Se­nate gives green light to cli­mate change bill

Law­mak­ers also vote to ban new offshore drilling in Santa Bar­bara area where oil spill oc­curred.

Los Angeles Times - - CALIFORNIA - By Chris Mege­rian and Pa­trick McGreevy

SACRA­MENTO — State se­na­tors passed leg­is­la­tion Wed­nes­day in­tended to help Cal­i­for­nia tackle cli­mate change by set­ting new tar­gets for gen­er­at­ing re­new­able en­ergy, re­duc­ing gaso­line use and in­creas­ing ener- gy ef­fi­ciency in build­ings.

The law­mak­ers also ap­proved a mea­sure that would ban new offshore oil drilling from an area in the Santa Bar­bara Chan­nel known as Tran­quil­lon Ridge, two weeks af­ter an oil spill at nearby Refu­gio State Beach.

The cli­mate change bill, which now goes to the As­sem­bly with other bills passed by the Se­nate, ad­vances goals out­lined by Gov. Jerry Brown this year.

If passed by the As­sem­bly and signed into law, the bill would re­quire Cal­i­for­nia to meet sev­eral ob­jec­tives by 2030: gen­er­at­ing 50% of its elec­tric­ity from re­new­able sources, dou­bling en­ergy ef­fi­ciency in older build­ings and cut­ting in half the amount of gaso­line used on state roads.

“These stan­dards are rea­son­able, achiev­able and con­sis­tent,” said Se­nate leader Kevin de León (D-Los An­ge­les), au­thor of the pro­posal.

Repub­li­cans op­posed the mea­sure, which they said would raise fuel costs and stif le busi­nesses with new reg­u­la­tions. And they ques­tioned whether the tar­gets were achiev­able.

“We have a very lofty and

noble goal,” said Se­nate Re­pub­li­can leader Bob Huff (R-San Dimas). “But other than feel­ing good about it, what does it ac­com­plish?”

De León said the plan would lead to cleaner air in the Cen­tral Val­ley, which has some of the state’s worst pol­lu­tion. He and other Democrats said the mea­sure, SB 350, would lead to new in­vest­ment in cleaner tech­nolo­gies.

“This bill is not a job killer,” said Sen. Mark Leno (D-San Fran­cisco). “It is a ma­jor job cre­ator.”

Se­na­tors passed sev­eral other pro­pos­als re­lated to cli­mate change Wed­nes­day.

One, SB 32 by Sen. Fran Pav­ley (D-Agoura Hills), would put into law ex­ec­u­tive or­ders is­sued by Brown and his pre­de­ces­sor, Arnold Sch­warzeneg­ger. It would re­quire the state to re­duce its green­house gas emis­sions to 40% be­low 1990 lev­els by 2030, and then to 80% be­low 1990 lev­els by 2050.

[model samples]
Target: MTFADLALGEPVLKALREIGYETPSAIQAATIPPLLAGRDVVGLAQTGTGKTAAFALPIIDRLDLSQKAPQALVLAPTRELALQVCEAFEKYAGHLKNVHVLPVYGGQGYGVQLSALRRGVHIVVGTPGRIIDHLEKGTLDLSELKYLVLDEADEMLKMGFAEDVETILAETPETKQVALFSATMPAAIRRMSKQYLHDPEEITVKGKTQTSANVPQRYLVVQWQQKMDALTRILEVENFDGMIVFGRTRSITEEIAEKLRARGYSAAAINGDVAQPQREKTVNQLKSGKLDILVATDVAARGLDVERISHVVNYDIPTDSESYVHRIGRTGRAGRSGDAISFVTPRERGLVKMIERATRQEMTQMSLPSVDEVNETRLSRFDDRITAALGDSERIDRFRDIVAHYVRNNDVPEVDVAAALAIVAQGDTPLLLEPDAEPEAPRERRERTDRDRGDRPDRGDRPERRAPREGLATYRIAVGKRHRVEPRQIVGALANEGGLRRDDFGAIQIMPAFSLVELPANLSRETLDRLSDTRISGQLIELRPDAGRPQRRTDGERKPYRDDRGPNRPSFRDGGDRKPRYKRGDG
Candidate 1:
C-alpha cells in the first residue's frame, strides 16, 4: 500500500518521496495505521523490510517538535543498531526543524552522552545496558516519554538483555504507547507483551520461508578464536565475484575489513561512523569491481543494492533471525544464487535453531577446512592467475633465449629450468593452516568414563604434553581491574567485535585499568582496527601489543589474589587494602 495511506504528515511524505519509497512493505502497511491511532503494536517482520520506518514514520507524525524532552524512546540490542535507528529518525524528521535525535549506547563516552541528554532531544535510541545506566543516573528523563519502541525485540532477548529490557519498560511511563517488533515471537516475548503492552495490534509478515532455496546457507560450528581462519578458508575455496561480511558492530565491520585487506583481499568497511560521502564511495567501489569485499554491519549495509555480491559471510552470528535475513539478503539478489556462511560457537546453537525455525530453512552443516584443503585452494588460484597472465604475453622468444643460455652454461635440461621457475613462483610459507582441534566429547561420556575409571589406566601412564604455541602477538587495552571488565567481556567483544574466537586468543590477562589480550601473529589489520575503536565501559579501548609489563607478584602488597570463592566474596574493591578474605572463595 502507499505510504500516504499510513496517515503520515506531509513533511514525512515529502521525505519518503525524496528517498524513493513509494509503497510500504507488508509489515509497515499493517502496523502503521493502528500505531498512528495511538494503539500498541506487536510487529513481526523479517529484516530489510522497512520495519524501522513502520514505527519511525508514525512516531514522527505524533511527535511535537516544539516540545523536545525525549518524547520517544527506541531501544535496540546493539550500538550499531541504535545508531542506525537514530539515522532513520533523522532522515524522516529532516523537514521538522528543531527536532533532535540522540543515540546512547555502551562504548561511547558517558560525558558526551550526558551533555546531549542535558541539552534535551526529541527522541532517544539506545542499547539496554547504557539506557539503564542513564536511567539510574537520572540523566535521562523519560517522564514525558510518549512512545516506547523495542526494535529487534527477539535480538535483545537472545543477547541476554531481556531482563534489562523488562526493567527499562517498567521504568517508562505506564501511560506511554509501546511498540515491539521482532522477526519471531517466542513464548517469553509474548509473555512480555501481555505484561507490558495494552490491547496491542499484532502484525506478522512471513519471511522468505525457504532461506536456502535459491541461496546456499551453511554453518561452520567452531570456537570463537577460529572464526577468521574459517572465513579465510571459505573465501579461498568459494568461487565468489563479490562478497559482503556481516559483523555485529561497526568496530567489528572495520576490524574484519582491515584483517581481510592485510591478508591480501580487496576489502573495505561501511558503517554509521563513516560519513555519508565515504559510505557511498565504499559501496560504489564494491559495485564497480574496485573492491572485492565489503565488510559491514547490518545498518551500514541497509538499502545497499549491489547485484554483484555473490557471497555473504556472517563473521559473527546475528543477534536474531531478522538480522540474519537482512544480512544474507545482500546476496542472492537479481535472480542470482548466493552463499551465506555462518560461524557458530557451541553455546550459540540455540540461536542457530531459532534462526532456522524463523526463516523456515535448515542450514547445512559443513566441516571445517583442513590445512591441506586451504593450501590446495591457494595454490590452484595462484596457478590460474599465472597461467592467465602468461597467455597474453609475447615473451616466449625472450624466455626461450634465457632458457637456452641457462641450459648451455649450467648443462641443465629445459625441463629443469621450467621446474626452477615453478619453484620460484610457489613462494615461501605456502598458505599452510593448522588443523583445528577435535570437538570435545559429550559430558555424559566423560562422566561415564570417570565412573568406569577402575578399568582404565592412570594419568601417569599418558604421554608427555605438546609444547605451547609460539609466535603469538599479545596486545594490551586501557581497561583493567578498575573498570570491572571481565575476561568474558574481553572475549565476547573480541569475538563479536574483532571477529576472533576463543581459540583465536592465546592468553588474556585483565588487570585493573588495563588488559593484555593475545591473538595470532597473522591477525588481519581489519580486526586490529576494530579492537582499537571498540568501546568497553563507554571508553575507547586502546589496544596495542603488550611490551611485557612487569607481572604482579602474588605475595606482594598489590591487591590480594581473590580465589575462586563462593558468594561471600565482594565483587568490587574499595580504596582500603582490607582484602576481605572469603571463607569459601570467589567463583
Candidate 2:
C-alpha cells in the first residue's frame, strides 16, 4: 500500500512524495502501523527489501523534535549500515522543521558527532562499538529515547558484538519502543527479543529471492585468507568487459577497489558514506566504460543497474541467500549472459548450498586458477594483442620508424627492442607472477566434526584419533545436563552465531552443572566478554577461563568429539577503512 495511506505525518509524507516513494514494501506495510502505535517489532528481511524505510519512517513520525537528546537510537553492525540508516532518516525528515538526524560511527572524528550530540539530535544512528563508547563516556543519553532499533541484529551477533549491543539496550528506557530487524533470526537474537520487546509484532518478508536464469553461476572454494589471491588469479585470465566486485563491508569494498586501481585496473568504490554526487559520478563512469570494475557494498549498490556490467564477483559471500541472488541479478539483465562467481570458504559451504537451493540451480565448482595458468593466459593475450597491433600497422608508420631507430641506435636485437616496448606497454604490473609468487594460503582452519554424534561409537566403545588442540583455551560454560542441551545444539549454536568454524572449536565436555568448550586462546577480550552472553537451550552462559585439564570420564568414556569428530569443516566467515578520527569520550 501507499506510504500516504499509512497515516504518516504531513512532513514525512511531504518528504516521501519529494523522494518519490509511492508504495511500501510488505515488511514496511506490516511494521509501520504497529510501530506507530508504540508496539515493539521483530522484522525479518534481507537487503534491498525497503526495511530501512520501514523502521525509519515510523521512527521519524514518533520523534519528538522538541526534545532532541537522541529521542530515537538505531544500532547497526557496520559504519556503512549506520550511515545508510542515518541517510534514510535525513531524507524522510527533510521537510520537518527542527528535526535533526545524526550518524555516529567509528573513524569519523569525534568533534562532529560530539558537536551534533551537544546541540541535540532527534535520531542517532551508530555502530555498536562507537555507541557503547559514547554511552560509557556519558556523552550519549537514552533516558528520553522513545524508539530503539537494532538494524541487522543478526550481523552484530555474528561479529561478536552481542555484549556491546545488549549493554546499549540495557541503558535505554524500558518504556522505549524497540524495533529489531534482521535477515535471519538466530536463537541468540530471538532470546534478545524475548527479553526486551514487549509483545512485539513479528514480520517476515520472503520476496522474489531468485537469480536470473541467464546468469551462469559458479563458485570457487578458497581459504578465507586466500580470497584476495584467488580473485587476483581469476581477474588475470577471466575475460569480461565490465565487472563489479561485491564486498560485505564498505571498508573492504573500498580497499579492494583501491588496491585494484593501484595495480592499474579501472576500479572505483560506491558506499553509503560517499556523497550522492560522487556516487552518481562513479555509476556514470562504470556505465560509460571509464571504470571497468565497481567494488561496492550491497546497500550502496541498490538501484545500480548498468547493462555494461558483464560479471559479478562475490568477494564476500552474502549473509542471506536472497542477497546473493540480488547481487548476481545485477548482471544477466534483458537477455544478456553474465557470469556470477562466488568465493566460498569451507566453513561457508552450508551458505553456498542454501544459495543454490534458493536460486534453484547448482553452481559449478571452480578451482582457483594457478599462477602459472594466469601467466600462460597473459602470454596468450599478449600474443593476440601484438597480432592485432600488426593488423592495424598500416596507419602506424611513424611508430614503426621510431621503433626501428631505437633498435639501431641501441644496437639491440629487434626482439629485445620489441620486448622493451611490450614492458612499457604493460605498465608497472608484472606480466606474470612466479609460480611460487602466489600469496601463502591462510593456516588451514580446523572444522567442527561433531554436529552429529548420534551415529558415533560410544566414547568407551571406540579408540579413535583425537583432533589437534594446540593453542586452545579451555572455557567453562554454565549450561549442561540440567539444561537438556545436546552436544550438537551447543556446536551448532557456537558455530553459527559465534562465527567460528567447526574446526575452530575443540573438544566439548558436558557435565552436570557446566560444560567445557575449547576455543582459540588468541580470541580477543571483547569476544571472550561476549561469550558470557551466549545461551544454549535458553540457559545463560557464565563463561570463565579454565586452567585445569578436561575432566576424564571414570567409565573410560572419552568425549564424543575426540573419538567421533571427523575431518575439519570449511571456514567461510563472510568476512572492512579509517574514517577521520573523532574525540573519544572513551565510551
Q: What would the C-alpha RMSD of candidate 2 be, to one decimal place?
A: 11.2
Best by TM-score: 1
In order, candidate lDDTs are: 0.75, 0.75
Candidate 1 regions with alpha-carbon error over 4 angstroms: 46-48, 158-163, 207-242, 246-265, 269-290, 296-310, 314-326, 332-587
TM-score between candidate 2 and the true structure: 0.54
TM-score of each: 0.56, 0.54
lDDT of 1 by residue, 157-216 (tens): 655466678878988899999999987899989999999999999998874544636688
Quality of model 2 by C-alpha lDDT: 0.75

The other bill, SB 185 by De León, would re­quire the state’s pen­sion funds, the two largest pub­lic funds in the coun­try, to di­vest from coal.

The As­sem­bly ap­proved and sent to the Se­nate sev­eral cli­mate-re­lated mea­sures, in­clud­ing AB 1288 by Speaker Toni Atkins (D-San Diego). It would re­move the ex­pi­ra­tion date for the state’s cap-and-trade pro­gram, in which per­mits to pol­lute are traded and fees are levied.

On the pro­posal to ban oil drilling, Sen. Han­nah-Beth Jackson (D-Santa Bar­bara) said the Tran­quil­lon Ridge sec­tor is des­ig­nated as a Ma­rine Pro­tected Area, so the state should not risk oil spills by al­low­ing drilling there.

The re­gion has the only wa­ters along Cal­i­for­nia’s coast that could be used for new oil pro­duc­tion.

“As long as you drill, there will be spills,” Jackson said, adding that the pro­posal would not af­fect pro­duc­tion of the 30 or so ex­ist­ing oil rigs off the Cal­i­for­nia coast. “It just says we are done … de­vel­op­ing new oil.”

The leg­is­la­tion was in­tro­duced be­fore the May 19 leak from an oil pipe­line that re­leased as much as 101,000 gallons of crude at Refu­gio State Beach, in­clud­ing 21,000 gallons that f lowed into the Pacific Ocean.

But co-au­thors Jackson and Sen. Mike McGuire (D-San Rafael) cited the spill Wed­nes­day as ev­i­dence of the vul­ner­a­bil­ity of oil op­er­a­tions in en­vi­ron­men­tally sen­si­tive re­gions.

Sen. Jeff Stone (R-Mur­ri­eta) op­posed the mea­sure, SB 788, say­ing it would cost the state mil­lions of dol­lars in po­ten­tial rev­enue as well as new oil in­dus­try jobs.

“This bill, I think, sends the wrong mes­sage about oil and gas pro­duc­tion in our state,” he said.

While he said green en­ergy should be pur­sued, “oil and gas are still an im­por­tant part of the equa­tion” for meet­ing the state’s en­ergy needs.

Also on Wed­nes­day:

The Se­nate voted to ex­pand the list of mis­de­meanors that re­sult in a 10-year ban on the pos­ses­sion of firearms. Deal­ing in firearms with­out a li­cense, petty theft in­volv­ing a firearm, sell­ing am­mu­ni­tion to some­one younger than 21 and tak­ing or car­ry­ing am­mu­ni­tion onto school grounds would be in­cluded un­der SB 347 by Jackson.

The As­sem­bly passed AB 1200, a mea­sure by Assem­bly­man Rich Gor­don (D-San Ma­teo), to re­quire dis­clo­sure of lob­by­ing ac­tiv­ity re­lated to state pur­chas­ing con­tracts.

The As­sem­bly ad­vanced a pro­posal to re­quire that par­ents be no­ti­fied when blood sam­ples taken from new­borns to screen for dis­eases are re­tained by the state for re­search. The mea­sure is AB 170 by Assem­bly­man Mike Gatto (D-Los An­ge­les).

A mea­sure to col­lect data on po­lice stops to help the state eval­u­ate the oc­cur­rence of racial pro­fil­ing passed the As­sem­bly. AB 953 is by As­sem­bly­woman Shirley We­ber (D-San Diego).

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